During my recent journey throughout Asia, it was clear that in some countries there were many more motorcycles than cars on the road. This seems a better indicator to me than the rule of thumb that any country without a McDonald's (MCD) is a "frontier market".
Frontier markets offer investors a combination of great value, huge upside and unique challenges. As giants like China run into growing pains, higher costs and negative returns, frontier markets are up - propelled by more political stability plus easy access to modern communications, technology and capital.
The case for investing in frontier markets is simple and powerful - the world is filling in and these countries are catching up fast. Frontier countries are far behind developed countries like Japan and America and even playing catch up with countries like Thailand, South Korea and China. Imagine a chance to invest right now in the China of 1980 when its wages were at rock bottom levels and it exported in a year what it now does every day.
Youthful populations and the move of workers from rural areas to higher income jobs in the cities are supercharging growth in these economies. The median age of many of these countries is at the demographic sweet spot of 25 years compared to 35 years in China and South Korea, and 45 years in Germany and Japan.
This explains all the small kids hanging on to their parents on motorbikes and the optimism driving family purchases of new houses, new washing machines, new refrigerators, new cars and better food and medical care.
This, in turn, explains why big companies from Japan, China, America, Europe and South Korea are falling over each to invest in frontier Asia. And it's not just lucrative new consumer markets and rising tourism that's driving this wall of capital but the need to access the region's ample natural resources.
The evidence of this optimism and virtuous cycle of growth is everywhere. Since 2009 and the cooling of its civil war, Sri Lanka's GDP has surged 40% and is now double that of India on a per capita basis. The 12th largest shopping mall in the world is in Dhaka, Bangladesh and a $20 billion energy investment by Exxon Mobil (XOM) in Papua New Guinea has the potential to double the size of its economy.
This may surprise you. Having a slice of frontier Asia in your portfolio actually reduces risk and volatility. Why? Because these markets beat to their own drummer rather than just going up and down with world stock markets like most asset classes.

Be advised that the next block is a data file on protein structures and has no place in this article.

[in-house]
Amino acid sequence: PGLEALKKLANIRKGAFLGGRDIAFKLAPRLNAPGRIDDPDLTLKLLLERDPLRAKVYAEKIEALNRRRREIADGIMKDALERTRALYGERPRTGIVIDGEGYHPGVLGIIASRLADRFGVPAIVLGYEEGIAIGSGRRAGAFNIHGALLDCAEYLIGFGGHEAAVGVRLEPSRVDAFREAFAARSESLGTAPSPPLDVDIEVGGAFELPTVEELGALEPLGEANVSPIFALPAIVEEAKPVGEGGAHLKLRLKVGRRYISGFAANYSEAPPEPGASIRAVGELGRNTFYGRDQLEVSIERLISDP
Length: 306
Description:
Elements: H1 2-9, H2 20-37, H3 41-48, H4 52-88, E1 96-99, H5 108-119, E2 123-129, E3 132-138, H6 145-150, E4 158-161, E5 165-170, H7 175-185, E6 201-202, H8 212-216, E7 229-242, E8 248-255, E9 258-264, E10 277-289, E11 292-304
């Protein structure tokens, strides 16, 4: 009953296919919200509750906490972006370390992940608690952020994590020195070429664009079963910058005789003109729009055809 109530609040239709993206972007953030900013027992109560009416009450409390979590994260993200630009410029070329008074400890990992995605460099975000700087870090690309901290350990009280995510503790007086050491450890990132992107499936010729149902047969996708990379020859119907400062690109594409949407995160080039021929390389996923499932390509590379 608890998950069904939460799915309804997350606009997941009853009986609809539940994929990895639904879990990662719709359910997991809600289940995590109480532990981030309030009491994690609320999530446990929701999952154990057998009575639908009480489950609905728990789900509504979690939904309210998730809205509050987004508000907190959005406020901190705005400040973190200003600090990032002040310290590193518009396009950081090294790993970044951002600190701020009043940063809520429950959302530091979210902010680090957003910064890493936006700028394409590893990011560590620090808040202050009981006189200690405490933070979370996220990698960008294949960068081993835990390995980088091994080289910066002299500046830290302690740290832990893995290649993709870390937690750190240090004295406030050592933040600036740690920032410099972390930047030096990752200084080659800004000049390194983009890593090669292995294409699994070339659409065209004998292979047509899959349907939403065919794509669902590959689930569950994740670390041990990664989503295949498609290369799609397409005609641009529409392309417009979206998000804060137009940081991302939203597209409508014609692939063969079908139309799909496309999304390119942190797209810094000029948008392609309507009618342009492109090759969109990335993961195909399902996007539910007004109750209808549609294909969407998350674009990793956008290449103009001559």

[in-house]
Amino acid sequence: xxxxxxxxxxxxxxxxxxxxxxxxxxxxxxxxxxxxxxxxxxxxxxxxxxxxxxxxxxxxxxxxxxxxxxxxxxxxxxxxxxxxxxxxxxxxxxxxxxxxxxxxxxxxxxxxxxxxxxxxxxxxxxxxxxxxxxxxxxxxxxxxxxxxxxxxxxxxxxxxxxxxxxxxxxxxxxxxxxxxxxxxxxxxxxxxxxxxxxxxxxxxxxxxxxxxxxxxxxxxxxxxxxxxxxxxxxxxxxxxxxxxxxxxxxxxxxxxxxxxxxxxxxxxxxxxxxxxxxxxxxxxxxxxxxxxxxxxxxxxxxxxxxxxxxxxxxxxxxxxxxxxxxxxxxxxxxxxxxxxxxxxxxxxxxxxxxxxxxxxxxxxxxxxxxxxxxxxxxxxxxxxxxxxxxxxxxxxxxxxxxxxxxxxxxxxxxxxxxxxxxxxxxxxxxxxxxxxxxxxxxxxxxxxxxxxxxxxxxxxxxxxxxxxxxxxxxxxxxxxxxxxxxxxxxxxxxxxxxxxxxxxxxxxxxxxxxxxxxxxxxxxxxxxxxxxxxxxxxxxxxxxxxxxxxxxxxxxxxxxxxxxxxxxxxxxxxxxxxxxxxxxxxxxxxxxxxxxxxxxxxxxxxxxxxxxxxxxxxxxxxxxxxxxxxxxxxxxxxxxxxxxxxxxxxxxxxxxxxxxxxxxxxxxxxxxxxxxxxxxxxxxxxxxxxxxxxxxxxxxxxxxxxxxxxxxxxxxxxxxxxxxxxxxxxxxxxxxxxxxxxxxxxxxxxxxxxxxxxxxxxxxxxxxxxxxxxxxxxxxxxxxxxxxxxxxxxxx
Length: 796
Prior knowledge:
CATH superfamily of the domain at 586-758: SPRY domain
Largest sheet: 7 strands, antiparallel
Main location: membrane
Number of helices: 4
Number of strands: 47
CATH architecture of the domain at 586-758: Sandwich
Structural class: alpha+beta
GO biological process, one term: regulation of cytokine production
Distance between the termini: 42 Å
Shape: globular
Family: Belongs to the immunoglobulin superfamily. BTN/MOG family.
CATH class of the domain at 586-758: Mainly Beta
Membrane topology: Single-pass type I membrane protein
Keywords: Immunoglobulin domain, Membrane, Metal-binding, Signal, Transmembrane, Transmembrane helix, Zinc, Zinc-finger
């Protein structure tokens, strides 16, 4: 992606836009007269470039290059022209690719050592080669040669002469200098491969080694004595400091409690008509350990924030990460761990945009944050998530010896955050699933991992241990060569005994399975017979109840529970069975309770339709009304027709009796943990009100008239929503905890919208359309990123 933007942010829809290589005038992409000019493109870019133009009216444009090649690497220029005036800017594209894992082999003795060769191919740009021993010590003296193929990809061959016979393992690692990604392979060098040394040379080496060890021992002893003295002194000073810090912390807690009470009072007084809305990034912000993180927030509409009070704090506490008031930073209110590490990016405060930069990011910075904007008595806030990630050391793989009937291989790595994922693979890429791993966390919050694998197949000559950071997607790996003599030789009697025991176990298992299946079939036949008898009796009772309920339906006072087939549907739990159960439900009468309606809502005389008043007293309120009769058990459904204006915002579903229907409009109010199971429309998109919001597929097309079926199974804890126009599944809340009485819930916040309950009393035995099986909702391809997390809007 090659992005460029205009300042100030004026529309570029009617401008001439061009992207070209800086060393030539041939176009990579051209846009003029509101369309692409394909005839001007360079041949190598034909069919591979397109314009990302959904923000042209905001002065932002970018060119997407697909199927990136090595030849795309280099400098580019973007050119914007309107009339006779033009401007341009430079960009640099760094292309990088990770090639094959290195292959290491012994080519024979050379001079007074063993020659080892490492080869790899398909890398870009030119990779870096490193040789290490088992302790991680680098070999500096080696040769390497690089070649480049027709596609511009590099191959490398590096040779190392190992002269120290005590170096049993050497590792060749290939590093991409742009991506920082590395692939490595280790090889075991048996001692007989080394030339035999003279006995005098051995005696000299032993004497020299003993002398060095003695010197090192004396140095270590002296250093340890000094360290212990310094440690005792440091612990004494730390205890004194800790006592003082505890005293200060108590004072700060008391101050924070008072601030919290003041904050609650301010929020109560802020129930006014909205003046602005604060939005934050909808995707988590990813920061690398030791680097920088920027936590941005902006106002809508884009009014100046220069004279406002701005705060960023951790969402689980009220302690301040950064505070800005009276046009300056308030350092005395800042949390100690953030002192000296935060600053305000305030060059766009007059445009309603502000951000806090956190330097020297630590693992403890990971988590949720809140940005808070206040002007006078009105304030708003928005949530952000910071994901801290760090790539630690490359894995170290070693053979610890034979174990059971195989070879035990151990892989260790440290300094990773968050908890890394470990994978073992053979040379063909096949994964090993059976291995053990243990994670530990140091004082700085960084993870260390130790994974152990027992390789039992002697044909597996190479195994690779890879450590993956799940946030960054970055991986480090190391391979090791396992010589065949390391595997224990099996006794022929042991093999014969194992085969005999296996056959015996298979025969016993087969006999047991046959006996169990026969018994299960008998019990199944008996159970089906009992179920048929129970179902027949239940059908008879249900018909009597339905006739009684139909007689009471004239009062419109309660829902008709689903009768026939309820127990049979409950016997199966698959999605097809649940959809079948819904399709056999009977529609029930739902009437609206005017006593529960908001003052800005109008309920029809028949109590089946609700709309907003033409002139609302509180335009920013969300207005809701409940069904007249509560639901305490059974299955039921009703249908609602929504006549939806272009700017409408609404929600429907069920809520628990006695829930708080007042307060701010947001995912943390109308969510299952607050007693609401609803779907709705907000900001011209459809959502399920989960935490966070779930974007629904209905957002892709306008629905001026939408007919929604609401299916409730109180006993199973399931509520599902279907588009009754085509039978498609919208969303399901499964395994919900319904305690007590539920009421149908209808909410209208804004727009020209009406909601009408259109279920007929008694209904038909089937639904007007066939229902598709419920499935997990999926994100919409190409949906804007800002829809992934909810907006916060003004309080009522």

But like maneuvering a motorbike in and out of chaotic traffic, investing in these frontier markets requires experienced and steady hands. You need to act on the best on-the-ground intelligence and keep a close eye on both politicians and tycoons.
You might consider the Asia Frontier Fund http://www.asiafrontiercapital.com/ that invests in publicly traded companies with performance right near the top of all frontier market managers.
I like this fund for a number of reasons. First, 46% of its portfolio in consumer stocks aiming to capture the young and rising consumer class. Second, I agree with the fund's 20% top weighting to Vietnam and the intelligent strategy of investing in each country's strengths such as tourism in Sri Lanka, mining in Mongolia, food companies in Vietnam and textiles in Bangladesh. Here's the kicker, many of the companies in the portfolio have significantly lower valuations compared to similar emerging and western companies making them attractive acquisition targets.
As a bonus, the portfolio sports a nice 4.4% dividend yield to cushion risk.
Here are three picks that Asia Frontier Capital CEO and portfolio manager Thomas Hugger likes right now.
Vietnam Sun Corporation (VNS) weaves in and out of motorcycles as the leading taxi operator in Ho Chi Minh City with a fleet size of close to 4,000 taxis. The company also has operations in other cities such as Binh Duong, Dong Nai and Da Nang. The company will increase fleet size in Ho Chi Minh City and also expand into new markets such as Hanoi. VNS is a good growth story at a reasonable valuation trading at less than 10 times 2013 earnings with expected net profit growth of 53% in 2013 and 29% in 2014.
Mongolians love their vodka and Mongolia APU is the leading beverage player in Mongolia with a diverse product range which includes beers, spirits, mineral water, juices and milk. APU has a 50% plus share of the Mongolian beer and vodka market and 20% of the water/juices market. The stock is trading at 12 times earnings and its pricing power makes it solid core holding.
As incomes rise in frontier markets, after more and better food, medicine is right at the top of shopping lists. Bangladesh's Beximco Pharma (BXP) is a leading pharmaceutical manufacturer focusing on generic drugs. Its manufacturing facilities in Bangladesh have been certified by regulatory bodies of Australia, EU, Middle East nations and Brazil. The company gained approval to start exporting its products to Europe and Australia and expects U.S. FDA approval by the end of the year. For a pharmaceutical/healthcare company its stock is valued very attractively at 4.5x 2013 earnings considering double-digit revenue growth.
Frontier Asian markets are on the move. Get onboard for a piece of the action.